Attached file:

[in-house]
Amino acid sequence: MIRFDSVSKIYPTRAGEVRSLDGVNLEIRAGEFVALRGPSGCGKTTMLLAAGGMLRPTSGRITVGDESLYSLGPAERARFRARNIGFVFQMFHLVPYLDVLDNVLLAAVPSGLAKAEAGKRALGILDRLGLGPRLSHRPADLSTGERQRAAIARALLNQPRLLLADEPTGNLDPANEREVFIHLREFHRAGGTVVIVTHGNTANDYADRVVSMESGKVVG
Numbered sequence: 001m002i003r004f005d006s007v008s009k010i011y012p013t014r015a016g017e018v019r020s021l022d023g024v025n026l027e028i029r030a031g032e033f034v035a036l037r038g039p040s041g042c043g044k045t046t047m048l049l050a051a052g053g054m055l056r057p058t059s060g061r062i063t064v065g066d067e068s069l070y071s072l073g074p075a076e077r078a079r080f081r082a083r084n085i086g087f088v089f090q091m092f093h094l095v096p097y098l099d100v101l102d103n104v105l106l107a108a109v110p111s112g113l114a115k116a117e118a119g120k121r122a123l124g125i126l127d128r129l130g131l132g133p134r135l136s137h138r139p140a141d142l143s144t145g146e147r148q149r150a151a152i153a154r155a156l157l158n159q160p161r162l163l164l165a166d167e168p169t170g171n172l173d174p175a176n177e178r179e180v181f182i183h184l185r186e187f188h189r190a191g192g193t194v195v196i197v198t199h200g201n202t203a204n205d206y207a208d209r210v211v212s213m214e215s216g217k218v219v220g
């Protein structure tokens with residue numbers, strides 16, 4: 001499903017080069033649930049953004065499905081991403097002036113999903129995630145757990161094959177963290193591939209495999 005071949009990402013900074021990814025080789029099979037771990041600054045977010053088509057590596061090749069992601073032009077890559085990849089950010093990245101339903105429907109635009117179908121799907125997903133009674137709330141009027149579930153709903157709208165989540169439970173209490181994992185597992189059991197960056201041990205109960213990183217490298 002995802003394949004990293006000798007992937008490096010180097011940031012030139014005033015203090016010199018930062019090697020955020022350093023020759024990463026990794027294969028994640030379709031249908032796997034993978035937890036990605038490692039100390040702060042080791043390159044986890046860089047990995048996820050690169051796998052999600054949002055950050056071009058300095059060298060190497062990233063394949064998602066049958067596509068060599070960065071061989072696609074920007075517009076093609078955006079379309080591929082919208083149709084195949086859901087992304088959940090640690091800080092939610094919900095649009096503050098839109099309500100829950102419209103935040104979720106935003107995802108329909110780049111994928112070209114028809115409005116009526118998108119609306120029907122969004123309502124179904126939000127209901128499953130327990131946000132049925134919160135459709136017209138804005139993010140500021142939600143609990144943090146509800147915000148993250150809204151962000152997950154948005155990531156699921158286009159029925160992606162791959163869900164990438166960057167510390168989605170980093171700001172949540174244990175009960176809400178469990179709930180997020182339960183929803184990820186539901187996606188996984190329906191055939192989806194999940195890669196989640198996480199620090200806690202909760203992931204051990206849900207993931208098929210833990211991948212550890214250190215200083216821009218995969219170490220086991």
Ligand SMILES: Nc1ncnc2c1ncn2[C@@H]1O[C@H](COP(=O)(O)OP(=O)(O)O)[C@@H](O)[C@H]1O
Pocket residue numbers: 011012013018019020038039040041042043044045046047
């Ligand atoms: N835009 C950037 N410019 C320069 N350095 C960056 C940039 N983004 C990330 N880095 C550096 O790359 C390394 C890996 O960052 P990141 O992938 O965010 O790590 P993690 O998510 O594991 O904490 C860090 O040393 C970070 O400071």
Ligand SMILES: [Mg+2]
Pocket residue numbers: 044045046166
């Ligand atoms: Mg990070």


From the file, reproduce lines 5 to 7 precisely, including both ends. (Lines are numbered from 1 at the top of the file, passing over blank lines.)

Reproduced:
Ligand SMILES: Nc1ncnc2c1ncn2[C@@H]1O[C@H](COP(=O)(O)OP(=O)(O)O)[C@@H](O)[C@H]1O
Pocket residue numbers: 011012013018019020038039040041042043044045046047
């Ligand atoms: N835009 C950037 N410019 C320069 N350095 C960056 C940039 N983004 C990330 N880095 C550096 O790359 C390394 C890996 O960052 P990141 O992938 O965010 O790590 P993690 O998510 O594991 O904490 C860090 O040393 C970070 O400071």